One of the first things I do in a classroom is to ask the students why they are there and what they hope to learn by the end of the class. Students often share their desire to learn to create brilliant transparent colors and to be able to blend them seamlessly. Some students will talk about their frustration with the many myths and misinformation they've discovered in books and online. Some will even say that they just want to know everything I know.
That last request is pretty much how I approach a class. In my more than 43 years of enameling experience, I've discovered quite a bit about enameling and jewelry-making. But I've also learned about what it takes to become an artist. When I began enameling in 1976 after graduating college with a degree in Psychology and absolutely ZERO experience with art, I just hoped that I could make something I liked using what I hoped were beautiful enamel colors. With a little bit of help from a few knowledgeable teachers, my skills quickly developed and I was left with the bigger question: What do I do with these skills?
As I said, I initially just wanted to make something "pretty". But that takes some skill at designing, which I didn't have because I had never even thought about design before discovering that I loved enameling. It required considering self-expression, or "what I wanted to say or communicate" with my enamels. Again, I had never much thought about having a "story", being aware of my feelings, or even why I would want to share these parts of myself.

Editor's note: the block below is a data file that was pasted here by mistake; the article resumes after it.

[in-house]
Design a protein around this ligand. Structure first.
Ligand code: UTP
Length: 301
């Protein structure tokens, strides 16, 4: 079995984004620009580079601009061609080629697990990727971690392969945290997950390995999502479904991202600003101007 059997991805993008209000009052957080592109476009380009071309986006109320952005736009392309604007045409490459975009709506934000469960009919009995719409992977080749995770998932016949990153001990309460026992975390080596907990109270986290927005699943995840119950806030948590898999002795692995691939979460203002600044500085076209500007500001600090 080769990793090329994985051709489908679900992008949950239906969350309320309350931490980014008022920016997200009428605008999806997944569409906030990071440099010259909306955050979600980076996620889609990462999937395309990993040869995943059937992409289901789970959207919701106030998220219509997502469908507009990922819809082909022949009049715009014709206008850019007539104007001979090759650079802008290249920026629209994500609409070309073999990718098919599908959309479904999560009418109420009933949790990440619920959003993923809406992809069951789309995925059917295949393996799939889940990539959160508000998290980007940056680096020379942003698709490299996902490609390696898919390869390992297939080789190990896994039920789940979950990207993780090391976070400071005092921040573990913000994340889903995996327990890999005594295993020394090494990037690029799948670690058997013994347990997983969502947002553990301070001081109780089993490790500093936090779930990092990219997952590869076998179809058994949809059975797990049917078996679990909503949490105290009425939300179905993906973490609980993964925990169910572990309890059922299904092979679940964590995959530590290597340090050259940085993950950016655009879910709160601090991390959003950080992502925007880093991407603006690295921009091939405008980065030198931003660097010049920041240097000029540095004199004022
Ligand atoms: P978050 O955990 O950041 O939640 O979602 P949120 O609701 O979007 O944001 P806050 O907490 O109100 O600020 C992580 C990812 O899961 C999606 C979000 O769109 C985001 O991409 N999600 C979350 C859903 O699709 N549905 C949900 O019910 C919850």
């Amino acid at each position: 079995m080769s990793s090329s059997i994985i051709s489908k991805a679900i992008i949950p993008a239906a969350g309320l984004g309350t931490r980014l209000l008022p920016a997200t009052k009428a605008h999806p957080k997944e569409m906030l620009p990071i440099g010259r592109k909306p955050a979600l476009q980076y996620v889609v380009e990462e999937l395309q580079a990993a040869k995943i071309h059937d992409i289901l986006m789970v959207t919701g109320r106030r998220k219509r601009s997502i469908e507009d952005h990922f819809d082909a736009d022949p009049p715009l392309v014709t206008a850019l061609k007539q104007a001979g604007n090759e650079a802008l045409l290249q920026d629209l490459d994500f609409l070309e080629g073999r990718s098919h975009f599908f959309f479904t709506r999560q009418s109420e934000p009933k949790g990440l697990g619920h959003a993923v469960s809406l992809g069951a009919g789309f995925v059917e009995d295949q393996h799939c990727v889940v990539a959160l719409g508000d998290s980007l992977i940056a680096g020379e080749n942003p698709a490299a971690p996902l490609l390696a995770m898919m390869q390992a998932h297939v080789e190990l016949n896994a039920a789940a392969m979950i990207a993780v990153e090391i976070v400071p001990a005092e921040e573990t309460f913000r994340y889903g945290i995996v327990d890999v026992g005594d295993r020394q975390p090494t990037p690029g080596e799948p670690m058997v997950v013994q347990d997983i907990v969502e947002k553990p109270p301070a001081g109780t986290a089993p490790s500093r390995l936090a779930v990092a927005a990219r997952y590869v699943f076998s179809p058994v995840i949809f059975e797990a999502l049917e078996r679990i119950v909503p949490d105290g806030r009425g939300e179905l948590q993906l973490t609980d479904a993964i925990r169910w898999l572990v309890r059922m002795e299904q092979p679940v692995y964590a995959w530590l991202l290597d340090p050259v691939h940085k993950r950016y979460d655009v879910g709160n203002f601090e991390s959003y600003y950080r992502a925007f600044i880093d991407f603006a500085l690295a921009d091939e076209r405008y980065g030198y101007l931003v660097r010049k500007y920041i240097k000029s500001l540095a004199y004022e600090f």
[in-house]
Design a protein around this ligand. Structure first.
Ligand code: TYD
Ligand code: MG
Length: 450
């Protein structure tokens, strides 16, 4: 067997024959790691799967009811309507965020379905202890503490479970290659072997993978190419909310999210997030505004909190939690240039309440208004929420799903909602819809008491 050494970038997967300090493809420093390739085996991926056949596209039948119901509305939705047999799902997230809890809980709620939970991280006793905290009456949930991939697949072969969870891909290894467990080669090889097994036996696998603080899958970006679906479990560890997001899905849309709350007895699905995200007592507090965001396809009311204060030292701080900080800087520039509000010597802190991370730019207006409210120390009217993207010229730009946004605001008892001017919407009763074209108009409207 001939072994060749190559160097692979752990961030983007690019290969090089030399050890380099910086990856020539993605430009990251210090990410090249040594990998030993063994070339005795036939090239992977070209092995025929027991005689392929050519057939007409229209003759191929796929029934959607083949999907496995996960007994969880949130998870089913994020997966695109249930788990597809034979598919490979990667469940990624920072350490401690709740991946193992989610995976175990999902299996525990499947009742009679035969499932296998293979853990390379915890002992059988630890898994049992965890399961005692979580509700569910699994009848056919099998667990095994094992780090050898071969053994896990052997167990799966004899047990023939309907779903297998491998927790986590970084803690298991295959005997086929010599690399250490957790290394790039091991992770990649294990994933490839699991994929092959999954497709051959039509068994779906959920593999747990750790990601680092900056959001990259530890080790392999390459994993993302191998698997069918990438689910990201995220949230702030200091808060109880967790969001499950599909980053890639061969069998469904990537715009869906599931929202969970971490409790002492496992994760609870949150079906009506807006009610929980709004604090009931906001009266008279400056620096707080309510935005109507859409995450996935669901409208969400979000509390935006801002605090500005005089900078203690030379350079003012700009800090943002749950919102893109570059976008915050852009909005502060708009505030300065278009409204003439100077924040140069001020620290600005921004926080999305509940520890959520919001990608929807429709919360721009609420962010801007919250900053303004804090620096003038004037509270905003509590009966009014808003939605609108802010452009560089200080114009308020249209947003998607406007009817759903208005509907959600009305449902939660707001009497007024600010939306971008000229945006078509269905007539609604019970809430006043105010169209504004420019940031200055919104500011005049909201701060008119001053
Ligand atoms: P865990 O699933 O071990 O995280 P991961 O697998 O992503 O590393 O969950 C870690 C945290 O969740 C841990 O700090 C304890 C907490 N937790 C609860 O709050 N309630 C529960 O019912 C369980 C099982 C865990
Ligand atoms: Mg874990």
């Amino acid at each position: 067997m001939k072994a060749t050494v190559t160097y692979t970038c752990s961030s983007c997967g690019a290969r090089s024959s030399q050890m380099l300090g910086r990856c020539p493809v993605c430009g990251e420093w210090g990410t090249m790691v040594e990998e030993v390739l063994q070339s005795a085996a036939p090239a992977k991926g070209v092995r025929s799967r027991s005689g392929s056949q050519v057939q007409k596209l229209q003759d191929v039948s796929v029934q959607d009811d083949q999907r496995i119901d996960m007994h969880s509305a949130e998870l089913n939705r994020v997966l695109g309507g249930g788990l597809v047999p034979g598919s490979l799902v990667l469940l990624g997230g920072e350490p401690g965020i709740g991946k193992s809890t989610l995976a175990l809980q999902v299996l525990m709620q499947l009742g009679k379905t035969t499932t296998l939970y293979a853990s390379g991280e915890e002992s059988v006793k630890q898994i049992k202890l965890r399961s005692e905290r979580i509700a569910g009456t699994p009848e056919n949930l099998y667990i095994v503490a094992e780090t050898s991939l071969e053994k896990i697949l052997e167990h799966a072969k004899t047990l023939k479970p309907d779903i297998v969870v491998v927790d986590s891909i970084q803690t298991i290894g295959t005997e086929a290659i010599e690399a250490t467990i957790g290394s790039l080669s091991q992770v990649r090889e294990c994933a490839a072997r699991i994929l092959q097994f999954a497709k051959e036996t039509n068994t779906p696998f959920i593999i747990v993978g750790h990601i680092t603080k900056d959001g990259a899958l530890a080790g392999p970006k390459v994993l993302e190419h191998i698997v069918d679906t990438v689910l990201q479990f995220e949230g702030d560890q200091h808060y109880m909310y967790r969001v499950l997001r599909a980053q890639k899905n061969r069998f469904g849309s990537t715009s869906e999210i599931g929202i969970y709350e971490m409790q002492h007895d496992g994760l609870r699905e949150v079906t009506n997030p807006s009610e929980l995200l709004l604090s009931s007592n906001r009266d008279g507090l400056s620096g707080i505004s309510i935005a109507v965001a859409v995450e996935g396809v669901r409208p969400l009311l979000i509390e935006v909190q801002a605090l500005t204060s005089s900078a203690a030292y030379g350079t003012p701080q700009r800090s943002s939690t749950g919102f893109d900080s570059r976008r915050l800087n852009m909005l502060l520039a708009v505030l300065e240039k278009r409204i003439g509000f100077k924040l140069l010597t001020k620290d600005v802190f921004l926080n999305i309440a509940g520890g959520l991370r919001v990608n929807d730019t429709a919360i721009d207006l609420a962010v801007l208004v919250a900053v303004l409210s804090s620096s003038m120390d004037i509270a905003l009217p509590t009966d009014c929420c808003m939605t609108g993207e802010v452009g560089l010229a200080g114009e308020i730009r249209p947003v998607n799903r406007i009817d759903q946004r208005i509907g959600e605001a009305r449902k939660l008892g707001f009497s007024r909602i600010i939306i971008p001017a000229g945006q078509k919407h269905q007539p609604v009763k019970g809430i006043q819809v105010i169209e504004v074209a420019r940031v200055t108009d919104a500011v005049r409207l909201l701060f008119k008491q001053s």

And it required confidence: believing that I was good enough and could risk failing as I learned these different but necessary aspects of the art making experience. I've had to teach myself most of these lessons. I want to share my experiences as a designer, maker, seller, and instructor so that you can see not only what might be important for you to explore, but also to inspire you to believe that you can do this too. I wasn't born an enamel artist. I became inspired and created a Quest to one day make the piece which be the best piece I could possibly make.
As I look back over my career as an artist, I'm content that I've pushed myself to create some enamel pieces which fall into the category of "extremely proud". They are my "happy dances". I'm now challenging myself to discover a new "happy dance": the same sense of pride when a student "gets it"!. Not just the how-to technique, but the understanding and awareness required for them to create their own "happy dance".
Video Coaching to help you discover and embrace YOUR happy dance.
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